Cries from Labour politicians, including Jeremy Corbyn, for unoccupied residential properties in Royal Kensington and Chelsea (RBKC) to be requisitioned for the use of survivors of the Grenfell Tower fire have touched a chord and triggered wider media interest in London’s empty homes. It is an issue that recurs in the capital’s political rhetoric, with demands that something be done about it guaranteed an approving response. But the problem is far from the worst one London faces in trying to address its housing shortages, and solving it would not make a huge difference.
The basic numbers tell part of that story on their own. Government figures (see table 615) show that in October 2016 there were a little under 20,000 homes in London that had been empty long term, meaning for more than six months. That is a tiny amount in a metropolis of nearly 3.5 million dwellings (table 100) and the number has been falling steadily since 2004 when the dataset was first compiled. Back then it was 42,600.
What about the number of homeless households in London, temporarily housed? That presently stands at around 54,000 – two-and-a-half times the number of long term empty homes. So even if it were possible and practical to seize those empty homes and give them to homeless individuals and families, there wouldn’t be nearly enough to go round. And soon there would be more homeless people in need of help.
Two things stand out about empty homes in RBKC in particular. One is that it had the highest number of all of London’s 32 boroughs – 1,399 – at the time the figures were compiled. The other is that the number has remained broadly the same since 2004, even though the number for London overall has gone down markedly. What lies behind that persistently high figure? According to one columnist who has pounced upon the stat, all 1,399 homes are “investment nest eggs” with “large, airy rooms”. But the government data doesn’t say why the homes are empty, who owns them or how large or airy their rooms are – or, for that matter, how many rooms each property contains.
There is a widespread belief, perpetuated by journalists and politicians, that Central London is packed with posh new flats wilfully left empty by wealthy owners who live abroad and idly watch their value rise until it suits them to cash in. But a report for London Mayor Sadiq Khan by London School of Economics housing experts, published last week, found that less than 1% of new properties bought by overseas investors are left wholly empty and that the vast majority are rented out to Londoners. It also showed that without those popular folk villains, “rich foreign investors”, there would less new affordable housing built in expensive parts of London, not more as has been claimed.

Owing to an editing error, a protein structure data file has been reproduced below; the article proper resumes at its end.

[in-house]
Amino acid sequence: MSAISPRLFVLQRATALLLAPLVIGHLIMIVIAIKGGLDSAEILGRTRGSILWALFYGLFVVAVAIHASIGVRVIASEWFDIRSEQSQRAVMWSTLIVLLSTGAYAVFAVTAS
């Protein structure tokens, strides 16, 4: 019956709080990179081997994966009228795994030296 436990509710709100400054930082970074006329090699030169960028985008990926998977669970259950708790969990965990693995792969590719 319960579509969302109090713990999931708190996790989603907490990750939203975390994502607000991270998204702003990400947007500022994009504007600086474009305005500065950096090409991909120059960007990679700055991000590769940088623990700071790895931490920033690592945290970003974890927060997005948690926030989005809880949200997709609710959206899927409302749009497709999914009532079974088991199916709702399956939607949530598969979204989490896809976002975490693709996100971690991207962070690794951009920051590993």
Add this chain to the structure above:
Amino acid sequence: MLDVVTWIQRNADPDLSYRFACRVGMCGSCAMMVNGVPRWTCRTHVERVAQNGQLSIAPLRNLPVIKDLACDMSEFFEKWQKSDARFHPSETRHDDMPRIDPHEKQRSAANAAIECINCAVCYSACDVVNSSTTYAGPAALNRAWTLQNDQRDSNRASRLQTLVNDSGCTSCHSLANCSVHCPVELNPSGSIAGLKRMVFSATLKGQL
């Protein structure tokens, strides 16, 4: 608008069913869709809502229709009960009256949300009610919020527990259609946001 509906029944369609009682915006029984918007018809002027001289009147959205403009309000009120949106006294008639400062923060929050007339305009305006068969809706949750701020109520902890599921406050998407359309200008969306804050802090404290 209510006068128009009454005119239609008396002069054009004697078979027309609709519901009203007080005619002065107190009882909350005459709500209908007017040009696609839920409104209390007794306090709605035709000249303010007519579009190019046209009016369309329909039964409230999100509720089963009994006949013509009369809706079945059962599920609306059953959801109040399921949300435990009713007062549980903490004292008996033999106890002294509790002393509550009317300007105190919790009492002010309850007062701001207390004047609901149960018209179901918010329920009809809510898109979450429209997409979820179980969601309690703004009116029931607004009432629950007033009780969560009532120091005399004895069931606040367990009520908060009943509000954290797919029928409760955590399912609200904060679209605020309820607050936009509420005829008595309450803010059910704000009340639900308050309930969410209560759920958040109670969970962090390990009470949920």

And there can be several reasons why properties go unoccupied for six months or more. Some might have been bought in advance for students coming to study in London and will be inhabited in time. Older ones might be undergoing lengthy refurbishments or conversions. Completed new flats that are parts of towers or blocks often cannot be occupied until the whole tower or block has been finished, a process that can take many months or even years.
Some or all of these reasons might well apply in RBKC. It could also be that many of its “empties” are simply second homes that have existed in that borough’s timelessly wealthy enclaves for generations. The picture of empty homes in RBKC may not be pleasing, but it is probably more complicated than it looks at first sight.
There is a good case for stronger compulsory purchase powers being used more often against genuinely empty homes, but that would come at a price. Owners must be compensated for the value of their appropriated homes, and housing in London does not come cheap (especially in RBKC).
Camden Council has made use of powers – bestowed by the Tory-Lib Dem coalition government, by the way – to increase council tax by 50% on so-called “ghost homes”. It is a good policy, and one that Boris Johnson of all people has been known to favour strengthening. It gives owners an incentive to sell or let their empty properties and, if that doesn’t happen, provides councils with a little extra income. But it is not transformative.
In the particular, traumatic circumstances of Grenfell, the urge to point to empty properties locally and ask why they can’t be used for those in sudden, desperate need may be understandable. There are mechanisms for this type of solution but doing it is much harder than saying it. And filling empty homes in general, although desirable, would barely scratch the surface of London’s housing crisis.
Photograph by Max Curwen-Bingley.